5 Reasons to Explore Outdoors in Serbia

Lakes and streams teem with brown trout, pike, catfish, and carp. Rare herbs and mushrooms grow in this region and make plant identification a great way to spend the afternoon. Aside from the natural wonders, the friendly hosts who welcome visitors from around the world make this an especially memorable place. Here, folklore and customs are very much alive and offer an extra special perspective into the culture of Serbia. Plus, the food is delicious.
Prepared By:

Whitney James

Adventure Seeker

Serbia is home to stunning natural landscapes, rich culture, and tremendous history. You may already be familiar with some of Serbia’s more well known features such as the Nikola Tesla Museum, or that it’s the birthplace of a total of 18 Roman Emperors. Or perhaps you have tasted their famous fare, including their mouth-watering flatbread and sauerkraut. But did you know Serbia is a world-class destination for outdoor recreation? Find out why with these five reasons to explore Serbia.

This story was created in partnership with Explore Serbia. All photos are courtesy of Explore Serbia.

1. Djerdap National Park

View of the gorge at Djerdap National Park in Serbia

Also called the Iron Gates, Djerdap National Park is the largest geological feature of its kind in Europe. Located in the Carpathian Mountains on the border of Serbia, this breathtaking gorge has a storied past. It’s here that Roman soldiers made a path through the terrain, providing great strategic and economic significance for the Roman Empire. Today, Djerdap National Park is a playground for visitors from around the world who come to recreate within the Iron Gates. 

Hiking, biking, and kayaking are all five-star options within the 60-mile long gorge. Hikers and bikers will enjoy traveling past endemic fauna and flora that has not changed for millions of years. In fact, many of the plants found here (including the beautiful Djerdap tulip) survived the Ice Age! Keen kayakers may locate otters, or the intermittent jumping sturgeon. 

After your active pursuits, be sure to take a historic tour of some of the park’s highlights, including the archaeological site of Lepenski Vir (dating back to 6700 BC). In addition, Golubac Fortress is an ideal place to learn about the more recent history of the region. Plus, it’s known as one of the most photogenic medieval buildings in Europe. Afterwards, don’t forget to stop by Kapetan Mišin Breg for a bite of local fare. Uninterrupted views of the Iron Gates below make for the perfect picnic.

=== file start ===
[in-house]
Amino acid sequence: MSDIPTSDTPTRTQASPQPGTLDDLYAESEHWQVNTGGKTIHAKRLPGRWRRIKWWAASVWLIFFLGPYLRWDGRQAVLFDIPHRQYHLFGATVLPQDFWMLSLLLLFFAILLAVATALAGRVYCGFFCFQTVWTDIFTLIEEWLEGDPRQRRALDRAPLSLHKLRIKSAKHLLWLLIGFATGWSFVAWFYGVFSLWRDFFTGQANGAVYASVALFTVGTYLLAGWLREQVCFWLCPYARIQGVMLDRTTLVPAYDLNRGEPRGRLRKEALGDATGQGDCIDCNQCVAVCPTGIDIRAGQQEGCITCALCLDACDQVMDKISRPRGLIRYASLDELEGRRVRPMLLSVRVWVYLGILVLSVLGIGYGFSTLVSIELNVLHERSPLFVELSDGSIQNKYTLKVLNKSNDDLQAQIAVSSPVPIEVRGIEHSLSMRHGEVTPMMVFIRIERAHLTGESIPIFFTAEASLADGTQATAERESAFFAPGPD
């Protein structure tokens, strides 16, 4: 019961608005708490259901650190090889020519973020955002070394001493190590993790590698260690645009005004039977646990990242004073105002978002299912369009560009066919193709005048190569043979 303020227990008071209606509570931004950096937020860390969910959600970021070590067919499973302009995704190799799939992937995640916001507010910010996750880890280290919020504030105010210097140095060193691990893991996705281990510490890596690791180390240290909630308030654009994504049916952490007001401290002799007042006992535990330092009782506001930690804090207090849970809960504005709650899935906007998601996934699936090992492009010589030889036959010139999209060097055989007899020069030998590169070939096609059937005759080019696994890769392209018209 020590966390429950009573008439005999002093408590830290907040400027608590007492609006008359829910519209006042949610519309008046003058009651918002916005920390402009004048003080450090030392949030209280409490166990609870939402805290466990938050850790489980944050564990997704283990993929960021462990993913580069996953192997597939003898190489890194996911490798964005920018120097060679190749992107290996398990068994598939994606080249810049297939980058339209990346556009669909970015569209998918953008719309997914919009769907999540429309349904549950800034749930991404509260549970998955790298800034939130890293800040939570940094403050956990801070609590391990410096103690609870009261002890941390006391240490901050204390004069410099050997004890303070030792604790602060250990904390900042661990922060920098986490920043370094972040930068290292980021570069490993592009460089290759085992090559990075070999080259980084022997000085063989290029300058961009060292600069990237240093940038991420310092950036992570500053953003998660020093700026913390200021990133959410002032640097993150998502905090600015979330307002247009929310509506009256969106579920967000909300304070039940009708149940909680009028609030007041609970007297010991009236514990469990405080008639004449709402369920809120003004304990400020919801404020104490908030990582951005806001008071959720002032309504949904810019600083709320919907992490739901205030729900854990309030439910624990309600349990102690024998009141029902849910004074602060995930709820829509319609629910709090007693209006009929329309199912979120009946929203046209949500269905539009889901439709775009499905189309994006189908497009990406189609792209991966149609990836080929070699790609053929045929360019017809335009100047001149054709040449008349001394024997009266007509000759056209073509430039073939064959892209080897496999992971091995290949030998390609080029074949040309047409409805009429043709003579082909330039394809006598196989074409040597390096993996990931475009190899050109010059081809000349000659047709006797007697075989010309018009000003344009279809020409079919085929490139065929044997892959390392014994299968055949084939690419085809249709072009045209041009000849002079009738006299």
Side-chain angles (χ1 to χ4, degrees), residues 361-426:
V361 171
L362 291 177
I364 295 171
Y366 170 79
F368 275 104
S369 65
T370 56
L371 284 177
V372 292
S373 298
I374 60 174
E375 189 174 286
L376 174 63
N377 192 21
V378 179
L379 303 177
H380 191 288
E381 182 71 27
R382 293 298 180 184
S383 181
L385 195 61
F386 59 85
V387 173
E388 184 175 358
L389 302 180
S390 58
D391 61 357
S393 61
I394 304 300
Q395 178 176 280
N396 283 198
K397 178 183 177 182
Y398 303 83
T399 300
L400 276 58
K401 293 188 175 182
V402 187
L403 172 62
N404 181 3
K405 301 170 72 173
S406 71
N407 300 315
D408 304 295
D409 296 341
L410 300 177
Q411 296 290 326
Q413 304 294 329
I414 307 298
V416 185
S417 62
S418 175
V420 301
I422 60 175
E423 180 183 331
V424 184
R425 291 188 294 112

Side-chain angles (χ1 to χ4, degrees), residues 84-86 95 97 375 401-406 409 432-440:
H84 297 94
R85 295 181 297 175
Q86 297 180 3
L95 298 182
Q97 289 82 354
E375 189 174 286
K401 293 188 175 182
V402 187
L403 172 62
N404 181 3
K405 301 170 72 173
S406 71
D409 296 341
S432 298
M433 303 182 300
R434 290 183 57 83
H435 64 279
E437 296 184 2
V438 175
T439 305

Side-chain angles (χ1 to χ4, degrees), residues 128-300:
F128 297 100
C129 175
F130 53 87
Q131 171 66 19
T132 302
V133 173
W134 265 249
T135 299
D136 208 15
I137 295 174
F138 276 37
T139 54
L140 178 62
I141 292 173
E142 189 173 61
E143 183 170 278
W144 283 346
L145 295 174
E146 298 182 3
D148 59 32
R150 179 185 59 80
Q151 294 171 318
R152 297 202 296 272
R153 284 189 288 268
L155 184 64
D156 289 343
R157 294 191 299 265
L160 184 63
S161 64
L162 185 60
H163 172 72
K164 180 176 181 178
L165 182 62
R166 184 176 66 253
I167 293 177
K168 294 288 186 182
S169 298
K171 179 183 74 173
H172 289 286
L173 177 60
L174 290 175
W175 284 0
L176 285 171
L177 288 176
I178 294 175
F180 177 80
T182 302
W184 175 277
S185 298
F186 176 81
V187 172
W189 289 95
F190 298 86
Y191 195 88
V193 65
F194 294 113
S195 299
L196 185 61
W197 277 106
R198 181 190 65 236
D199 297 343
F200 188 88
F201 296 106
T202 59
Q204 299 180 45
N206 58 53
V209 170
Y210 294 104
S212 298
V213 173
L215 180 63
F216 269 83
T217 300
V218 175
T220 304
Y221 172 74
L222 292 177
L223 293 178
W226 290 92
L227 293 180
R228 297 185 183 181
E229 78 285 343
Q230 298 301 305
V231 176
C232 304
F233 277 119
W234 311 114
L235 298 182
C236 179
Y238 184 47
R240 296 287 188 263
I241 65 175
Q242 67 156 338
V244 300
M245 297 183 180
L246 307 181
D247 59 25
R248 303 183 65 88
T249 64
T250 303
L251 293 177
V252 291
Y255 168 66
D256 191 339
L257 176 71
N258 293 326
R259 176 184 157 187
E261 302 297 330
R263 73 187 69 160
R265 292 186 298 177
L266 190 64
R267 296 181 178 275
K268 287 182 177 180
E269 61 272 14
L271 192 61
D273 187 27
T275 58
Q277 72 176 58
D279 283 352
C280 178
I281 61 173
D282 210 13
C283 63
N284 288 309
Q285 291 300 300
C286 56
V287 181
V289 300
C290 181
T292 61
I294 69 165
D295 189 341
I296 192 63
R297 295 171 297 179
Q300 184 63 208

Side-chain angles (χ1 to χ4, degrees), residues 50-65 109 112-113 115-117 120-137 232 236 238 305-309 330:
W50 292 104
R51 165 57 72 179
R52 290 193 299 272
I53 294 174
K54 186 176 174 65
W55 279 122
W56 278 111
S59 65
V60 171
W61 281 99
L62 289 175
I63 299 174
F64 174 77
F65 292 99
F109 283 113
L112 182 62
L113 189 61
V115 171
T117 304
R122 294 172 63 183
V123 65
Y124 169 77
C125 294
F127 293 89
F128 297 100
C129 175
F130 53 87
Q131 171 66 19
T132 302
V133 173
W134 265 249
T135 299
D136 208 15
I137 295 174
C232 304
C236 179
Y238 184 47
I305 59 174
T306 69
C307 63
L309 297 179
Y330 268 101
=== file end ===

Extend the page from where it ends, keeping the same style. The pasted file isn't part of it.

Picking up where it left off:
2. Tara National Park

Overlook at Tara National Park

This stunning, forested national park lies within the Dinaric Alps. With two visitor centers (Kaluderske Bare and Mitrovac) and year-round access, it’s easy to see why Tara National Park is a favorite destination for both Serbs and international travelers. 

Nearly 80 percent of Tara is covered in spruce, fir, and beech trees, creating a sensation of being in the Pacific Northwest zone of the United States. But one look at Drina Canyon tells you otherwise—you’re most certainly in a region unlike any other! The third deepest canyon in the world, this limestone monument is home to many rare species such as black hornbeam and black pine. Towards the edge of the canyon, the rock-covered surface makes way for rain and beech forests. Brown bears and chamois, a charismatic goat-antelope animal native to Europe, are often spotted in Tara National Park. 

Spend your time hiking on any of the 180 miles of trails or biking on nearly 50 miles of pathways. For those who prefer to explore by water, an all-day cruise is a fantastic option for taking in the sights and wandering the city of Visegrad. Here, history enthusiasts will enjoy the Mehmet-pasha Sokolovic Bridge; a UNESCO World Heritage Site dating back to the fifteenth century. Those seeking a dose of adrenaline may enjoy a guided canyoneering experience deep within the crevasse of the canyon. It would certainly be difficult to see and do everything in Tara National Park in one visit, but we wouldn’t blame you for trying.